The basis for the critically acclaimed film In the Valley of Elah
“Fascinating . . . vividly recounts one of the most tragic true stories to emerge from the Iraq War . . . eloquent, disturbing, and haunting.” —Mark Boal, journalist and screenwriter of The Hurt Locker and In the Valley of Elah Army Specialist Richard T. Davis seemed to be a survivor. He had been in Bosnia, reenlisted in time for the invasion of Iraq, and made it through the bloody, savage battle known as the Midtown Massacre. When his father, a career army officer, received a call stating his son was AWOL, he knew something was terribly wrong. And it was. On July 14, 2003, within hours of Davis's return to Fort Benning, Georgia, he had been mercilessly beaten and murdered. His body was set on fire and left in the woods. The army did not open an official investigation into the missing soldier until September, and his remains would not be recovered until November. Four members of his own platoon were arrested for the crime. When one of them was asked why they had set Richard on fire, his answer was both bone-chilling and revealing. He said, "Because that's the way we got rid of bodies in Iraq." Murder in Baker Company is a journey to uncover the truth about what happened to Richard Davis. Using court transcripts, personal interviews, and police records, Cilla McCain traces the events of the case and, in the process, provides a disturbing, eye-opening look into today's military. Soldiers are handed antipsychotic drugs and sent into battle. Treatment for post-traumatic stress disorder is stigmatized. Gang members carry their affiliation from the streets to the barracks. And many of our soldiers are forced to face down two separate enemies, one in the same uniform they wear. Murder in Baker Company is not only an exploration of the heinous murder of one of our soldiers, it is also a warning and a call to action for American citizens.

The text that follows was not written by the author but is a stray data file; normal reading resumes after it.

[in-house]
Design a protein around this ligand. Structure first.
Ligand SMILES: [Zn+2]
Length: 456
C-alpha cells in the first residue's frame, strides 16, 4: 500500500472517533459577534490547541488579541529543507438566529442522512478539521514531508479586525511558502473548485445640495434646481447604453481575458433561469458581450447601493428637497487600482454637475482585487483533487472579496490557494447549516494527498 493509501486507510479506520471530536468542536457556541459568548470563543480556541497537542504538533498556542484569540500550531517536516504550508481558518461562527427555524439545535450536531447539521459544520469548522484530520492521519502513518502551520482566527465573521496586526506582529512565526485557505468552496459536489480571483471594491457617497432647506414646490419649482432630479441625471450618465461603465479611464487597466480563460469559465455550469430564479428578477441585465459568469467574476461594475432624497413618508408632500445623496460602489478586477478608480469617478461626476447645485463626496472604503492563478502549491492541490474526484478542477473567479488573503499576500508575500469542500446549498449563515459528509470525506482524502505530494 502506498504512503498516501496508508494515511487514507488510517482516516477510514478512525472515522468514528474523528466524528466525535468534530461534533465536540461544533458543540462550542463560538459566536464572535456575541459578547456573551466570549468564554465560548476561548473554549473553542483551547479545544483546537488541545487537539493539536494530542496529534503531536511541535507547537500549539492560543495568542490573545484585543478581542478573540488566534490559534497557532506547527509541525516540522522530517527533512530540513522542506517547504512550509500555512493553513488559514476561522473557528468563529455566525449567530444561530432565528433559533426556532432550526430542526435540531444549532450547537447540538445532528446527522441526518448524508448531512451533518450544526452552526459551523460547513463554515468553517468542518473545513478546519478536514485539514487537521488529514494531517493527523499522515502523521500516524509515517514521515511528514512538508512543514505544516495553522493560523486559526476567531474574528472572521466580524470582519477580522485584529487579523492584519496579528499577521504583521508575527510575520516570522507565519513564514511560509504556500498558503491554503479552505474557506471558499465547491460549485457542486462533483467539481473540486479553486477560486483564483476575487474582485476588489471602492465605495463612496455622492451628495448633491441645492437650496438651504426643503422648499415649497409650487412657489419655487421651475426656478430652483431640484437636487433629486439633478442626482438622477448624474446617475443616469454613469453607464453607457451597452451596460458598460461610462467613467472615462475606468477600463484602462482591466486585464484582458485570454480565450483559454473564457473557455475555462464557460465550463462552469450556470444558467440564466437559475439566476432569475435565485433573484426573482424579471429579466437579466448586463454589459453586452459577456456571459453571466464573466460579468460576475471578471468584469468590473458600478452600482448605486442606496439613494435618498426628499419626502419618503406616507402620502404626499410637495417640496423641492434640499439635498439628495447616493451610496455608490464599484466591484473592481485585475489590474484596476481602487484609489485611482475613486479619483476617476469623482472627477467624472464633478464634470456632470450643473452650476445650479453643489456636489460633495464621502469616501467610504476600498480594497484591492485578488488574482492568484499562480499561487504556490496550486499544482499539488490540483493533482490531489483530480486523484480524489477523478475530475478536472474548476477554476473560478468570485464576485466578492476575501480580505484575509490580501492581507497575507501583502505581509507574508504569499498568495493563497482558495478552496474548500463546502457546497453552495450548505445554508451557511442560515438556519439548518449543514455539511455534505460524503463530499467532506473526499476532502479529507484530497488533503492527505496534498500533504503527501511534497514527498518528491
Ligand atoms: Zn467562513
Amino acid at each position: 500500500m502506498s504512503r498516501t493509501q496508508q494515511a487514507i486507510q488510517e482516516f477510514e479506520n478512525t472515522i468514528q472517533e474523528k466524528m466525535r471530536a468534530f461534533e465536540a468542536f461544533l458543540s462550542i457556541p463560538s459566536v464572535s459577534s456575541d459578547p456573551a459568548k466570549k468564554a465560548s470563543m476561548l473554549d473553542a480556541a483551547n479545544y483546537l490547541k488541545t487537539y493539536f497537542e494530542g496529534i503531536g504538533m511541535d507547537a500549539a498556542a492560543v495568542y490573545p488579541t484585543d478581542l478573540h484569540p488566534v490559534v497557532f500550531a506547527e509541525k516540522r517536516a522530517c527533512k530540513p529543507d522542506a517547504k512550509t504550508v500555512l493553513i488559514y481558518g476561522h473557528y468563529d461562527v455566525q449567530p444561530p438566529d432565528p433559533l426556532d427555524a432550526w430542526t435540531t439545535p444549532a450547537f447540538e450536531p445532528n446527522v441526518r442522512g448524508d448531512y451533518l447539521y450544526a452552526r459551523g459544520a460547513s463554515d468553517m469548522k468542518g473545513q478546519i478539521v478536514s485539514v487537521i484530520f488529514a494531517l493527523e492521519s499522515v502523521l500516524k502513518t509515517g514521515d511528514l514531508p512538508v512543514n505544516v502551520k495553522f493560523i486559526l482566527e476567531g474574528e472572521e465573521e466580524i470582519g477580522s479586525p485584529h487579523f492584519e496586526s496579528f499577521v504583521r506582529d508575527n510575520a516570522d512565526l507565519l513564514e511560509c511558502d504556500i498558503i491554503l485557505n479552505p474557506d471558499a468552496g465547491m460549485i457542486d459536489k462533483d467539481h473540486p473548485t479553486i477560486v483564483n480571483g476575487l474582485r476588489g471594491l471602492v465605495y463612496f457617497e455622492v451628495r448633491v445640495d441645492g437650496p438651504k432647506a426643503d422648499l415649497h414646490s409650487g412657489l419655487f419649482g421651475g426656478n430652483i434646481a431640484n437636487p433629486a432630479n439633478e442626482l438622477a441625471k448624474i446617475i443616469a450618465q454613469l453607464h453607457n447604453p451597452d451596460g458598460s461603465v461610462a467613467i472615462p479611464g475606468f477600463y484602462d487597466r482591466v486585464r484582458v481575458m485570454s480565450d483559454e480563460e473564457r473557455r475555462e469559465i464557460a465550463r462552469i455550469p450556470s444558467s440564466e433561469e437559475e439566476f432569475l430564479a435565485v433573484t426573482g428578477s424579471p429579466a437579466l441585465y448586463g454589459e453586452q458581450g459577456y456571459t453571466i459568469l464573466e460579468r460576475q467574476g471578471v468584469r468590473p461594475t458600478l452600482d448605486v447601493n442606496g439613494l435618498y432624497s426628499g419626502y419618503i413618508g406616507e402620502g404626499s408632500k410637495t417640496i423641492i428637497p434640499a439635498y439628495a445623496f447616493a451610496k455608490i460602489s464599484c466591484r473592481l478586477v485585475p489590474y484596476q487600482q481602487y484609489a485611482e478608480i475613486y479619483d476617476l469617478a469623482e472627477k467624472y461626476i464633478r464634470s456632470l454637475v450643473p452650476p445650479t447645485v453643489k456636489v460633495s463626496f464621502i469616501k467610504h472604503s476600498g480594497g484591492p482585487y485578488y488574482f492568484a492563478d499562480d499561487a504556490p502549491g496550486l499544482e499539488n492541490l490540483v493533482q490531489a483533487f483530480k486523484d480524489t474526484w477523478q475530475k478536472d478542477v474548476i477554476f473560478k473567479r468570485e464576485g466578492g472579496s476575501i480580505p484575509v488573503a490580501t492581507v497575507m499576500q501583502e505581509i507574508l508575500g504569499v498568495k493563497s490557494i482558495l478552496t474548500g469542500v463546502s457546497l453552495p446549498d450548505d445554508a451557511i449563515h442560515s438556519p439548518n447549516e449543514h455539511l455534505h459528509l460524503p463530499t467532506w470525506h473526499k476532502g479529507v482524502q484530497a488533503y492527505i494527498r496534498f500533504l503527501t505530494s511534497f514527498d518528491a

"This work has been created with an insightful heart and an activist's drive. Cilla's writing denotes a deep sense of personal responsibility for the veterans of the Iraq War and it is from this platform that she advocates and encourages the reader to feel the same." —Paul Haggis, writer/director, Crash, In the Valley of Elah, Million Dollar Baby, and Quantum of Solace
"With eloquence, determination, and passion, Cilla McCain has dared to tell the world a story that must be told, a story that the powerful do not want to be told and that the prosecution and defense withheld from the jury." —Mark Shelnutt, criminal defense attorney